Marilyn never loses her desire to be a doctor, and when her mother dies and she spends a week sorting through all of her possessions, she decides to abandon her husband and two children. With the money from the sale of her mother’s house, she rents an apartment in Toledo (of all places!) and enrolls in science classes at a community college. She never contacts James or the children, and James for his part never calls the police or takes definitive moves to locate Marilyn. This is how James operates: he’s a burrower. As a child he dealt with the embarrassment of being the only Asian student at his school and also the son of the school’s janitor by putting his head down and becoming a superior student, and he deals with Marilyn’s departure in the same way. At the same time, he parks the children in front of the TV full-time and keeps their routine in a holding pattern, as if he doesn’t feel qualified or ready to impose order on their lives without Marilyn. When Marilyn does return, all of the members of the family treat her return with the same blasé acceptance that they treated her departure. Well – all of them except for Lydia.
Lydia makes a silent promise on the day her mother returns: she will do every single thing her mother ever wants her to do. She develops almost a superstition about her fear of displeasing her mother. So for the next ten years, she puts up with the fact that her mother – who has now given up hope of being a doctor herself – is determined to make sure Lydia becomes a doctor. Lydia does everything she is told, but she secretly hates science and math and often has to cheat in order to get the grades her mother wants to see. After Lydia disappears, her mother’s slow excavation of Lydia’s room, which parallels Marilyn’s earlier excavation of her mother’s house, reveals all the hidden evidence that Lydia hated science and longed for a different kind of life.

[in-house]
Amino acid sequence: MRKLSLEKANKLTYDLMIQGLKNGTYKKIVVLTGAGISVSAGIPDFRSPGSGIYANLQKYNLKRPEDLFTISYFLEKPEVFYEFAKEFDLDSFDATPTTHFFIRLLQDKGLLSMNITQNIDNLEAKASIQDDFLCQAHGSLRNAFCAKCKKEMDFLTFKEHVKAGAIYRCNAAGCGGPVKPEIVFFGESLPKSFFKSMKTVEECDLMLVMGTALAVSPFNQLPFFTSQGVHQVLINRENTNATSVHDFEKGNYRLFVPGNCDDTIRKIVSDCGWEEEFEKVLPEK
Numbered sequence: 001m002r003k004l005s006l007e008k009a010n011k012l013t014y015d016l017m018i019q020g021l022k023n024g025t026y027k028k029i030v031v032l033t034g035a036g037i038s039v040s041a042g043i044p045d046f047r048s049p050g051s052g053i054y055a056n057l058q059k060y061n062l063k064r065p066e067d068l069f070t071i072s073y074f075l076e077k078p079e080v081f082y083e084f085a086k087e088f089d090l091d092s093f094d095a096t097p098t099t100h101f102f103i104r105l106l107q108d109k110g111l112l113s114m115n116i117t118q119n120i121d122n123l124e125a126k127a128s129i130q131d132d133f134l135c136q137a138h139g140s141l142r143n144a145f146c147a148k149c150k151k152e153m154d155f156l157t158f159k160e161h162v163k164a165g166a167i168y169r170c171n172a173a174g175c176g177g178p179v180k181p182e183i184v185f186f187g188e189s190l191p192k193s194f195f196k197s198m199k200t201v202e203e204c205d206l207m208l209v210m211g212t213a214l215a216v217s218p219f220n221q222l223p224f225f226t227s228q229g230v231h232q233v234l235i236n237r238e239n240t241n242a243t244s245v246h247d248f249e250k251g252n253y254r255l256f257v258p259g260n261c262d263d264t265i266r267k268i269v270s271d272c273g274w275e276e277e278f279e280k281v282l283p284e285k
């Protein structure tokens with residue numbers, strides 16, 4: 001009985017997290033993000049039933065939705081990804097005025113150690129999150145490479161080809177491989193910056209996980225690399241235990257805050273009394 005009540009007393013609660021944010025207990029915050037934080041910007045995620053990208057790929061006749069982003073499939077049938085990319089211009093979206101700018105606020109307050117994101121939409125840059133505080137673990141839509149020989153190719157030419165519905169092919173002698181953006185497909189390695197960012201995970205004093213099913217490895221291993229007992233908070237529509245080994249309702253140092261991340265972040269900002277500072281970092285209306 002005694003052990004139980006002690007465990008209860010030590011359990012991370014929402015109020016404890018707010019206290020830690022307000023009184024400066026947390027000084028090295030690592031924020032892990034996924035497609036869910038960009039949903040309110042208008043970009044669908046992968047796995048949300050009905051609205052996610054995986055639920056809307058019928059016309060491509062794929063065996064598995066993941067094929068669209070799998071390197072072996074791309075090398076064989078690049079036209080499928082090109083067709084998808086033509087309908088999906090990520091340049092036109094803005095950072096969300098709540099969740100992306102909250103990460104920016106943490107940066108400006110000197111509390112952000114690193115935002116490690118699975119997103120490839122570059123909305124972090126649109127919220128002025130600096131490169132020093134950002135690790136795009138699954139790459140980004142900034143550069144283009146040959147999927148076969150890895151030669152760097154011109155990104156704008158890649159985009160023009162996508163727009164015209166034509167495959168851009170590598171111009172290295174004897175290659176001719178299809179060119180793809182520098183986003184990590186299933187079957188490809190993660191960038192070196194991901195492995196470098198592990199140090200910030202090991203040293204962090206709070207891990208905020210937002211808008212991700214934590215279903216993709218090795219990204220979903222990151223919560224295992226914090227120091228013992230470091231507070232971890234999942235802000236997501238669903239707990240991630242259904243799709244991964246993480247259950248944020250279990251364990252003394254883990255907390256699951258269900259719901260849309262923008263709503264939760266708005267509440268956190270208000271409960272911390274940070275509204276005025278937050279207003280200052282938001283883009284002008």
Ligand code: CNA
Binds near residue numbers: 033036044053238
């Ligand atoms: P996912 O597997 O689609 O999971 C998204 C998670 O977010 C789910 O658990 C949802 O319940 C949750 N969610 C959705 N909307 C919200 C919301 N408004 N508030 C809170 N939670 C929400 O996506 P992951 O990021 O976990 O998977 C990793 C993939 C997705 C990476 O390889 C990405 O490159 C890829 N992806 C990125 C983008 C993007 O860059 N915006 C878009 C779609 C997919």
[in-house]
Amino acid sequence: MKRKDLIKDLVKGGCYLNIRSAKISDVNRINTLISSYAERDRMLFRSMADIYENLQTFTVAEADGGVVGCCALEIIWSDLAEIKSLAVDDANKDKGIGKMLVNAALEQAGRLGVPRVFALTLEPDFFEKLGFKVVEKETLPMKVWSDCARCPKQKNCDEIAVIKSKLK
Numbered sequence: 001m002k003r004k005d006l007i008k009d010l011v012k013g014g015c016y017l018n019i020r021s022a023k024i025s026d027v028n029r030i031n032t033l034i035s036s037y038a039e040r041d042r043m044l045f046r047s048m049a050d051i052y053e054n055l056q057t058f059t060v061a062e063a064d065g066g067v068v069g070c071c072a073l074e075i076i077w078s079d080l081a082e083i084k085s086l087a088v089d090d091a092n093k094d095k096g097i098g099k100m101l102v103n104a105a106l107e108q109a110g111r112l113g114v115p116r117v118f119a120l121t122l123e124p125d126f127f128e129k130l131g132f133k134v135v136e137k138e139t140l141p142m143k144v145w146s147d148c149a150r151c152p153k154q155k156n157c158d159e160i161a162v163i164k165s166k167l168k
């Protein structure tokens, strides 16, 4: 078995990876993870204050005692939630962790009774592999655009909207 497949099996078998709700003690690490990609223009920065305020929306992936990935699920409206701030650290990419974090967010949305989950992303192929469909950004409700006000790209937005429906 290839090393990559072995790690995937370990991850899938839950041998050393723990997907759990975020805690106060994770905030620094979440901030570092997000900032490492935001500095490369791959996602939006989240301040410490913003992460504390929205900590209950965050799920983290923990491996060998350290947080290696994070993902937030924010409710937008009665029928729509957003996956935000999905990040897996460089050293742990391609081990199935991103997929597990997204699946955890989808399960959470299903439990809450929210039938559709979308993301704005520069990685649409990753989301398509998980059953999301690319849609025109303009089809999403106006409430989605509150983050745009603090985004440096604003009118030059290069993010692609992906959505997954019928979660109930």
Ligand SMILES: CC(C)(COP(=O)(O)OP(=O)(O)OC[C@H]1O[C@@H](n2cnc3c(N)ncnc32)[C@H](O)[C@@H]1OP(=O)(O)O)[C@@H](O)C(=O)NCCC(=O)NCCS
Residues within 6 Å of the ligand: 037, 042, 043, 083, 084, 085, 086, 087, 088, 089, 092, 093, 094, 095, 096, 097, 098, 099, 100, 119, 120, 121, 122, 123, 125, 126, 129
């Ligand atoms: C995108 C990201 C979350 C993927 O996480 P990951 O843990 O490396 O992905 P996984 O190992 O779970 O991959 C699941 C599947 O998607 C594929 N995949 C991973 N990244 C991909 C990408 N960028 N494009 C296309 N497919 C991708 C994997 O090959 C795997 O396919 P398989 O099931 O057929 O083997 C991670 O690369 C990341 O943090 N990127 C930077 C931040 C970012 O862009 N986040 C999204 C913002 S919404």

This book puts its author in a difficult conundrum. The usual rule in writing fiction is “show, don’t tell.” But what does one do if one’s characters are the type who never, ever tell anyone anything? “Show, don’t tell” doesn’t work in this novel, so the author was forced into long passages of backstory that made me feel as if I was being preached to a little bit. Yes, get it, I kept thinking. Given the limitations of the challenge Celeste Ng set up for herself, though, I think this novel succeeds relatively well. I never lost interest in the novel, though I was disappointed by the ending (think Edna Pontellier in bell bottoms) and was glad when it was over. I haven’t told you much here about Nath (who is boring) and Hannah (who is not boring – if any character could have functioned as a first-person or third-limited narrator for the novel, it is Hannah – but who gets limited stage time, unfortunately. This novel is harmless and engaging and fluffy enough for a plane trip or beach vacation.